Linne’s sloths are usually solitary animals, although females can sometimes be seen feeding in the same tree at night. Sloths may move to a new tree each night but rarely move more than 40 yards per night. They use their long claws to cling onto the branches of trees.
Two-toed sloths are well camouflaged in tree canopies. Their most common resting position is curled into a ball in the branches of a tree, resembling a termite nest or a knot in the wood. This behavior, combined with the green color of their fur, helps them hide from predators.
When on land, Linnaeus’s sloths are very clumsy. However, when in the water, they are accomplished swimmers, using their long arms to move through the water.
Two-toed sloths are generally silent animals. However, when threatened, they will emit hissing sounds, low cries, and moans. Their main tool of defense is camouflage, although claws and teeth are also used to protect themselves.
Sloth teeth and nails grow continuously throughout their life; therefore, it is impossible to determine the age of a wild sloth. In zoos, two-toed sloths have lived as long as 50 years. However, sloths were not bred in zoos until 50 years ago, and so there has been little chance for any individual to exceed this figure. To date, no one has followed a wild sloth from birth until death.
Linne’s sloths are generally solitary animals and are only together for reproduction. Mating lasts only for a few seconds, and the males leave shortly after mating and do not participate in rearing the young.
Females appear to initiate mating. To locate a mate, sloths leave secretions in their dung at the base of a tree, indicating that they are interested in mating. Females will also emit a high pitched call, signaling that they are in estrus. Mating may occur at any time of the year, with a peak mating season occurring from March to April. Females become sexually mature at age three and males at four to five years of age.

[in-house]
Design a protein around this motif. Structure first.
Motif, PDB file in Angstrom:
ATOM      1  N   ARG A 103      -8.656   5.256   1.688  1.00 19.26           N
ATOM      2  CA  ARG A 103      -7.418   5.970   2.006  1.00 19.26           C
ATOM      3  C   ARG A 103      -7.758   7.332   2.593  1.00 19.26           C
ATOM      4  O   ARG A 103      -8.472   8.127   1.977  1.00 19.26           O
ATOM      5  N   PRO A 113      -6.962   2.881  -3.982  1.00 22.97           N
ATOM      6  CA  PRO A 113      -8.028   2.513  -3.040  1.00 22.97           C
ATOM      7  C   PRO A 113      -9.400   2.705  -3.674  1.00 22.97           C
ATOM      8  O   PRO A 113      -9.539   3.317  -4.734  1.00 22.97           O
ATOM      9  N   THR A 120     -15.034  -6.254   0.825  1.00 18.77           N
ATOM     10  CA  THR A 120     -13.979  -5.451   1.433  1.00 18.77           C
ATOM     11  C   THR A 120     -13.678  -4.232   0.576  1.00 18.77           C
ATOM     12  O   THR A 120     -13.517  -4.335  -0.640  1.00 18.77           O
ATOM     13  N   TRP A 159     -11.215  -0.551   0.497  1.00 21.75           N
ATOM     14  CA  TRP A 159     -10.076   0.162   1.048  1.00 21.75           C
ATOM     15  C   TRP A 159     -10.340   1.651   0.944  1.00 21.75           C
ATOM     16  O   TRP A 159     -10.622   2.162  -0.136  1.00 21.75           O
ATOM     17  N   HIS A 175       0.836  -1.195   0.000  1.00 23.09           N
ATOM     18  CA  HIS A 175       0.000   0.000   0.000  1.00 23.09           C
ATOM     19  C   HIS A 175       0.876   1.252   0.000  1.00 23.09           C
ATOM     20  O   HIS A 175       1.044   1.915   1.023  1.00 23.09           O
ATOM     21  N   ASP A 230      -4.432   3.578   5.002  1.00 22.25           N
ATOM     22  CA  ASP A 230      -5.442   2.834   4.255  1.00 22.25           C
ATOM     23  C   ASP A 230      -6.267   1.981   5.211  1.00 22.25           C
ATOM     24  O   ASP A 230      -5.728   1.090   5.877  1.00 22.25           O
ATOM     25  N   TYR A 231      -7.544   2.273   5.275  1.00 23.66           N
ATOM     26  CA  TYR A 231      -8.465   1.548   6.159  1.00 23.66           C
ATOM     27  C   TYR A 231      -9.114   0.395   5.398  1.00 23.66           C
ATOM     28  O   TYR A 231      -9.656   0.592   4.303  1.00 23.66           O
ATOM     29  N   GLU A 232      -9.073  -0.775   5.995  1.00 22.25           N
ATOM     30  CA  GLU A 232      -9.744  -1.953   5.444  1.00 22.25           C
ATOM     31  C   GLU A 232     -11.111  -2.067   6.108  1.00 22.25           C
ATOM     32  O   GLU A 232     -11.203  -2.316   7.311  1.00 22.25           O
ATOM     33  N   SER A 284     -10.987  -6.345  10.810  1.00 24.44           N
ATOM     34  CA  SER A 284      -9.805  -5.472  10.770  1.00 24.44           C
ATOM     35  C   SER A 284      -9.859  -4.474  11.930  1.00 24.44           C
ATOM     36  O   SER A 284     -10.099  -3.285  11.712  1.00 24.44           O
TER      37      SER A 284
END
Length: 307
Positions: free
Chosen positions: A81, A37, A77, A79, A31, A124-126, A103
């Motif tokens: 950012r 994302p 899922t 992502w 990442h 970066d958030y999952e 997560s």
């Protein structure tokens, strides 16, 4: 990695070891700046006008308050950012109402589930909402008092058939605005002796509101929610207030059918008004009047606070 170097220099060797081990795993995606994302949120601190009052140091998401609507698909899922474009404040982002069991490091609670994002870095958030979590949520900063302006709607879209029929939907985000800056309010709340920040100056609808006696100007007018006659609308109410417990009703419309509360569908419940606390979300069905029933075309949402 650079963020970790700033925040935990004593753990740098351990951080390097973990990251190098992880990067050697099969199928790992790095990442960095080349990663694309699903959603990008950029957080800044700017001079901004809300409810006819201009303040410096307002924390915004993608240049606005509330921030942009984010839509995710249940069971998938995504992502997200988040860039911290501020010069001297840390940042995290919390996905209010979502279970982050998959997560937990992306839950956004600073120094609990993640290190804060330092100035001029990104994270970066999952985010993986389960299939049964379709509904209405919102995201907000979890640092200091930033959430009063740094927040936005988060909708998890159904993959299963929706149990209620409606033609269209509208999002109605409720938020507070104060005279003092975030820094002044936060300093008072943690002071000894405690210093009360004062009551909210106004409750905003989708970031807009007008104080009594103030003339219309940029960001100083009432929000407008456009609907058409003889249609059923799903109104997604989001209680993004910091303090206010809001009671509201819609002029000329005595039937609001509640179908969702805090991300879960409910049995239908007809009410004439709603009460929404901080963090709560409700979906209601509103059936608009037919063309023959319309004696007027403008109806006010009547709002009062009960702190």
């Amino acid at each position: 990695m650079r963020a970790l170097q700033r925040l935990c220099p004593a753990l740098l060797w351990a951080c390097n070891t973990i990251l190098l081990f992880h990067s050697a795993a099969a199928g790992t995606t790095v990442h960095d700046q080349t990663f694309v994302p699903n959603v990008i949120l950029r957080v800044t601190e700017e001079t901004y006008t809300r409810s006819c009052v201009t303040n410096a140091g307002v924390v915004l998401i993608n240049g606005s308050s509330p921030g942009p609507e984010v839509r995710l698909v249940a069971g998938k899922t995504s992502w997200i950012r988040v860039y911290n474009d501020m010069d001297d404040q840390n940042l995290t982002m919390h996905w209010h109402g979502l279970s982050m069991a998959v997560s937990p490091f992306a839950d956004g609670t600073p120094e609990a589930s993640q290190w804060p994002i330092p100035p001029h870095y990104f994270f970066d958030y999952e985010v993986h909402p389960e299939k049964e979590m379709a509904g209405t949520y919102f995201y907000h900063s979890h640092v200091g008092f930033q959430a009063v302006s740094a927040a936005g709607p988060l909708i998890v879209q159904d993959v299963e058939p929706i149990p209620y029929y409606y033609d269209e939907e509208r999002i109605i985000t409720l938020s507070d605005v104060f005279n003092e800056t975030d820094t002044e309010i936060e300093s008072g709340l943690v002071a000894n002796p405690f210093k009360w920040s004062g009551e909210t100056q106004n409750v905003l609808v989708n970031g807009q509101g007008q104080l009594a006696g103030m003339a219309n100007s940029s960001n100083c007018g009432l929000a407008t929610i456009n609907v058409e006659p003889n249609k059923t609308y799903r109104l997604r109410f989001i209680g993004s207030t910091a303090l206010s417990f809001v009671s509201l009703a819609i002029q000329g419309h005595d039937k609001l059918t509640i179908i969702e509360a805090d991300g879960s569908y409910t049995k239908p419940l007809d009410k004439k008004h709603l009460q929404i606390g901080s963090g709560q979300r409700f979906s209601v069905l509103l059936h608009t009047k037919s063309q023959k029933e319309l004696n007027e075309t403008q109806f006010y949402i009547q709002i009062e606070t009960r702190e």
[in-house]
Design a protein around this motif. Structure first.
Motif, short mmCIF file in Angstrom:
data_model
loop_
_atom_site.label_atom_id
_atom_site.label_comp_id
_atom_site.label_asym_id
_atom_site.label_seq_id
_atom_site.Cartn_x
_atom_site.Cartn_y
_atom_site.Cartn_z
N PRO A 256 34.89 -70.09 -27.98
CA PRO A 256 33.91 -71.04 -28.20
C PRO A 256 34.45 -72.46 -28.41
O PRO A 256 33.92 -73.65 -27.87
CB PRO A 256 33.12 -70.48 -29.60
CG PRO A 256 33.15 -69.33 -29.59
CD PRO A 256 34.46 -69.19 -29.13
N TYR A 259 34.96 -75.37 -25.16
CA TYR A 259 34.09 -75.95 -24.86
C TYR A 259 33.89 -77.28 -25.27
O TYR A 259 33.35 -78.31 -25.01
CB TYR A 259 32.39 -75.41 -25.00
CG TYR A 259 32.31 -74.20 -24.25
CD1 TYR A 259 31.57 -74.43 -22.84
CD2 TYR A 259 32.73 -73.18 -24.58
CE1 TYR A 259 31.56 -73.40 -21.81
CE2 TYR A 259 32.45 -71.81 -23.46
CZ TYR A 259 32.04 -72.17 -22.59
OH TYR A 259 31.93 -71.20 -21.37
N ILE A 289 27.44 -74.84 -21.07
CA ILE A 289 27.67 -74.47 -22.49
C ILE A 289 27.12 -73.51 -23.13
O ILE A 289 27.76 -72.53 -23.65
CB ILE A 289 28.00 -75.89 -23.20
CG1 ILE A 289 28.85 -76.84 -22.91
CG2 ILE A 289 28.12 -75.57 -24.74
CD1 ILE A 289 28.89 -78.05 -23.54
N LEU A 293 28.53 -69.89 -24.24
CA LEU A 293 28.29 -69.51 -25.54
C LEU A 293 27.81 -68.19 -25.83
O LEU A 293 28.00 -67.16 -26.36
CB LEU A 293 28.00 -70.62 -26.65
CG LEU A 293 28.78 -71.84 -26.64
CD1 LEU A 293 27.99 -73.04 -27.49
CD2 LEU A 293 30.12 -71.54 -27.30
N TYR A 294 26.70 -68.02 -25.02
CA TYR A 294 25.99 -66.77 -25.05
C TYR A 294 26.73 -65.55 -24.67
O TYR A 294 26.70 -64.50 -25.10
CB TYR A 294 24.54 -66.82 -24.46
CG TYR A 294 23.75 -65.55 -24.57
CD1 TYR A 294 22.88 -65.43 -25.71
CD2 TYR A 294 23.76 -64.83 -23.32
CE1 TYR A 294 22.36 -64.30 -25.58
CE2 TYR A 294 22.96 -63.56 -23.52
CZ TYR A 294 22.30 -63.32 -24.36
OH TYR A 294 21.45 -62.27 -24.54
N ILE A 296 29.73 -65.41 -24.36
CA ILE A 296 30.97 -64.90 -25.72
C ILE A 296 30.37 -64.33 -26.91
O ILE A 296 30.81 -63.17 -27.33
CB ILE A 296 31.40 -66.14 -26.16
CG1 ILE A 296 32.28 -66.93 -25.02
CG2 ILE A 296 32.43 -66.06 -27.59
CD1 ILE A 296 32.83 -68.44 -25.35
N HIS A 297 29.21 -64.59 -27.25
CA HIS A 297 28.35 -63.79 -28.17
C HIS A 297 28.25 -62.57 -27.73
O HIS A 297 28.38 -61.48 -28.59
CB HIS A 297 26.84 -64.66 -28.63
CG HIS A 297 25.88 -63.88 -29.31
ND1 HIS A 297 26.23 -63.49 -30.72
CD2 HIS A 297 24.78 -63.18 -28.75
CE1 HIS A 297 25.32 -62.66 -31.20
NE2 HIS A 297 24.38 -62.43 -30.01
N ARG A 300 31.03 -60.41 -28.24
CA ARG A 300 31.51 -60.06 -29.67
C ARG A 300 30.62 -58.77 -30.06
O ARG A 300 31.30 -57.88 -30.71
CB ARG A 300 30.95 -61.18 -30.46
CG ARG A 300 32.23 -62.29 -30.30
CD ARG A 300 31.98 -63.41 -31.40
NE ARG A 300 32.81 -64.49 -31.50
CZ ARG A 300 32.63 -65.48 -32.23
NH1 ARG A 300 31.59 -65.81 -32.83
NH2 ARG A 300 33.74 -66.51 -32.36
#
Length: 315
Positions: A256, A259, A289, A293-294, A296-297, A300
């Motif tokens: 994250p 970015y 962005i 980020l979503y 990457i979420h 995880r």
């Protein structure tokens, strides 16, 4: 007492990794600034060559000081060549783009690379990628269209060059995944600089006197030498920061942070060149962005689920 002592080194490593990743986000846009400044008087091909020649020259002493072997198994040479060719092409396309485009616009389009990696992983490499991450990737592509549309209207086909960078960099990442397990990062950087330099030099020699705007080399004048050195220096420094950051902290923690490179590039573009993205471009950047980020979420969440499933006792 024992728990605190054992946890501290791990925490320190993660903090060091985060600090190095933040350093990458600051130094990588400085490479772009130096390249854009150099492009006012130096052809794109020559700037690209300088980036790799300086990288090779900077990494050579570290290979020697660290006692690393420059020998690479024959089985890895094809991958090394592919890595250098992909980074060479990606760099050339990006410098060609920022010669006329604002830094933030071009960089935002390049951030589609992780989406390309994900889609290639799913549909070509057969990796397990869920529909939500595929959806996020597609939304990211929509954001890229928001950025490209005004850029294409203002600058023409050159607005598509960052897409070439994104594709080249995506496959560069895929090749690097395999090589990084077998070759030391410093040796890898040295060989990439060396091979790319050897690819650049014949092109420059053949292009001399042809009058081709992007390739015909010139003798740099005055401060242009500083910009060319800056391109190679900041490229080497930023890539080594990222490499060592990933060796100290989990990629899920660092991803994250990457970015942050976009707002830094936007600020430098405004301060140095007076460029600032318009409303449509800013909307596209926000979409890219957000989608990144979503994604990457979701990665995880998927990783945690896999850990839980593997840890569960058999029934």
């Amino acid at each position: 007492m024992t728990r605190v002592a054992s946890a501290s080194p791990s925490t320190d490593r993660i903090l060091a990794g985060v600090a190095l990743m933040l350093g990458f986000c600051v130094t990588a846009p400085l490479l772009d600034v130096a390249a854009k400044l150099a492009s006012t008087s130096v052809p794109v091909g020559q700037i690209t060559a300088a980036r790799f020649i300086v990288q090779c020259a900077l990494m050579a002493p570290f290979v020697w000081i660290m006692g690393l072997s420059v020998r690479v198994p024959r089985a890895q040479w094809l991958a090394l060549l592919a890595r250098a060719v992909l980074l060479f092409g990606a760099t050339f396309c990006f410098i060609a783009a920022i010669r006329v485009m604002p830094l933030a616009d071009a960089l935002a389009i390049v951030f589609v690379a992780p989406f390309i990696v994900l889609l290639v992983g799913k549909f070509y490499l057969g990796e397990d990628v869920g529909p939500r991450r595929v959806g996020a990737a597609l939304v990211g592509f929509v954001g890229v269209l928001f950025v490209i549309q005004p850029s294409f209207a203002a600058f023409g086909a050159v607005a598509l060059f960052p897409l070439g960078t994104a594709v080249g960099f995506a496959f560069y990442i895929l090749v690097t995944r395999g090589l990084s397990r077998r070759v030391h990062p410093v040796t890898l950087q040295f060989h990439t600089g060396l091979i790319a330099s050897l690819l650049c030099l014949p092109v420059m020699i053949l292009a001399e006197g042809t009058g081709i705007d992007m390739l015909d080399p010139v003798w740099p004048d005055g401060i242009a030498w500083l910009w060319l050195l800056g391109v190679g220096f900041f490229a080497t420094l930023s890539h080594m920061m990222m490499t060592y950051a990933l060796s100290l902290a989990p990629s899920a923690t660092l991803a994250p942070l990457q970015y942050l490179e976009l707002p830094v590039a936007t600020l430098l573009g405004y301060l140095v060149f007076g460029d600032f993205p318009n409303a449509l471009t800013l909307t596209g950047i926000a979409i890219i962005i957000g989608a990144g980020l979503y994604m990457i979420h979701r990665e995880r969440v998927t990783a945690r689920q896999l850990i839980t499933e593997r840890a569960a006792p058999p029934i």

Females of this species produce young once a year. The gestation period is about six months, yielding a single baby, or pup, which lives clinging onto the belly of its mother for the first five weeks of its life. The pup starts eating solid foods within a couple of weeks after birth, and becomes independent at about one year of age. However, the young sloth will continue to stay near its mother until it is two years old. Young often inherit the home ranges of their parents.
• The scientific name of Linne’s sloth is ‘Choloepus,’ meaning "lame foot" in Greek and refers to the extreme slowness of this animal. As a matter of fact, Linne’s sloth is thought to be the slowest animal in the world.
• Their metabolisms are so slow that two-toed sloths typically only defecate once a week, lowering to the base of their tree to do so.
• Two-toed sloths are accomplished swimmers, using a breaststroke technique, like humans.
About Our Animals:
The Zoo is home to one Linne’s two-toed sloth.
The biggest threat to this species is habitat destruction. One and a half acres of rainforest are lost every second to logging and burning. Where rainforests once covered nearly 40 percent of the earth's surface, they now make up only six percent, with experts fearing even that could be gone in the next 40 years.
The fragmentation of rainforest habitat means sloths must come down to the ground in order to drag themselves from tree to tree in order to get enough to eat. This leaves them vulnerable to predation by jaguars, ocelots, harpy eagles, and domestic dogs. In addition, when they have to cross roads built through the rainforest, sloths are struck by passing cars and trucks. Sloths are hunted for their coat, meat, and claws and now face the new threat of being collected as part of the illegal pet trade. Sloths require special care and do not make good pets!
You can help sloths by recycling aluminum cans or enjoying sustainably harvested tropical nuts, chocolate, and coffee.
||Did YOU Know?
Two-toed sloths really are slow: their maximum tree climbing speed is ten feet per minute, and when traveling on the ground, they reach a top speed of six and a half feet per minute.